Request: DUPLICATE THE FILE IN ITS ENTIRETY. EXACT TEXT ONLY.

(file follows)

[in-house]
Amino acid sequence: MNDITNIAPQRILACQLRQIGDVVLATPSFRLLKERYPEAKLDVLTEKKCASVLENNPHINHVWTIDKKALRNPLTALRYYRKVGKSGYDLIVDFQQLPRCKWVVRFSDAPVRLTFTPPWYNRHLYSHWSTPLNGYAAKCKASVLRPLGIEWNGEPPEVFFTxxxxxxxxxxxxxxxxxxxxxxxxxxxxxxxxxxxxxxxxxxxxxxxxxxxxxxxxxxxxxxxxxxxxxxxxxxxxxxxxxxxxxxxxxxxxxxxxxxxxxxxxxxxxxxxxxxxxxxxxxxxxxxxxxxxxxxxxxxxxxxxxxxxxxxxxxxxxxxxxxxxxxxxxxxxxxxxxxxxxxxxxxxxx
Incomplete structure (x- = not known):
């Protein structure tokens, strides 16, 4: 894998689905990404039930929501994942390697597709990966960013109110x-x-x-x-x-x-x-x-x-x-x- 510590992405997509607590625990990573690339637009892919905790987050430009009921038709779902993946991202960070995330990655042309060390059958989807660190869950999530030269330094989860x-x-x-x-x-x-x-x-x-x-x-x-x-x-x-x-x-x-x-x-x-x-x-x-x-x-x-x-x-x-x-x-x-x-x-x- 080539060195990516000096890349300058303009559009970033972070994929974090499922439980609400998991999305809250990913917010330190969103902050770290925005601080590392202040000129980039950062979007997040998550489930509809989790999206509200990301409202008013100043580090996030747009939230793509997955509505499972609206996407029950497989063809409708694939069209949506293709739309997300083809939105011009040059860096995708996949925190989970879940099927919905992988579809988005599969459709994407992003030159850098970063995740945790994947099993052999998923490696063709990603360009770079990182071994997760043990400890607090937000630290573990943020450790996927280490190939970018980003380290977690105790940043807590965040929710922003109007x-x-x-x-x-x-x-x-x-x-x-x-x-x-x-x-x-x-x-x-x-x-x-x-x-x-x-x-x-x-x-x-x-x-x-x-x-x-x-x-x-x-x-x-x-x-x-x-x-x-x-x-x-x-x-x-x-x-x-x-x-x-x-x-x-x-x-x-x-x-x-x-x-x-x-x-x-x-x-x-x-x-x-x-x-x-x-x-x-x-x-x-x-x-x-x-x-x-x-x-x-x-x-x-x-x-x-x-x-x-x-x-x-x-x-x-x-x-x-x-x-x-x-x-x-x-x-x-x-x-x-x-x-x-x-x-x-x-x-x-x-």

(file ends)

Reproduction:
[in-house]
Amino acid sequence: MNDITNIAPQRILACQLRQIGDVVLATPSFRLLKERYPEAKLDVLTEKKCASVLENNPHINHVWTIDKKALRNPLTALRYYRKVGKSGYDLIVDFQQLPRCKWVVRFSDAPVRLTFTPPWYNRHLYSHWSTPLNGYAAKCKASVLRPLGIEWNGEPPEVFFTxxxxxxxxxxxxxxxxxxxxxxxxxxxxxxxxxxxxxxxxxxxxxxxxxxxxxxxxxxxxxxxxxxxxxxxxxxxxxxxxxxxxxxxxxxxxxxxxxxxxxxxxxxxxxxxxxxxxxxxxxxxxxxxxxxxxxxxxxxxxxxxxxxxxxxxxxxxxxxxxxxxxxxxxxxxxxxxxxxxxxxxxxxxx
Incomplete structure (x- = not known):
């Protein structure tokens, strides 16, 4: 894998689905990404039930929501994942390697597709990966960013109110x-x-x-x-x-x-x-x-x-x-x- 510590992405997509607590625990990573690339637009892919905790987050430009009921038709779902993946991202960070995330990655042309060390059958989807660190869950999530030269330094989860x-x-x-x-x-x-x-x-x-x-x-x-x-x-x-x-x-x-x-x-x-x-x-x-x-x-x-x-x-x-x-x-x-x-x-x- 080539060195990516000096890349300058303009559009970033972070994929974090499922439980609400998991999305809250990913917010330190969103902050770290925005601080590392202040000129980039950062979007997040998550489930509809989790999206509200990301409202008013100043580090996030747009939230793509997955509505499972609206996407029950497989063809409708694939069209949506293709739309997300083809939105011009040059860096995708996949925190989970879940099927919905992988579809988005599969459709994407992003030159850098970063995740945790994947099993052999998923490696063709990603360009770079990182071994997760043990400890607090937000630290573990943020450790996927280490190939970018980003380290977690105790940043807590965040929710922003109007x-x-x-x-x-x-x-x-x-x-x-x-x-x-x-x-x-x-x-x-x-x-x-x-x-x-x-x-x-x-x-x-x-x-x-x-x-x-x-x-x-x-x-x-x-x-x-x-x-x-x-x-x-x-x-x-x-x-x-x-x-x-x-x-x-x-x-x-x-x-x-x-x-x-x-x-x-x-x-x-x-x-x-x-x-x-x-x-x-x-x-x-x-x-x-x-x-x-x-x-x-x-x-x-x-x-x-x-x-x-x-x-x-x-x-x-x-x-x-x-x-x-x-x-x-x-x-x-x-x-x-x-x-x-x-x-x-x-x-x-x-």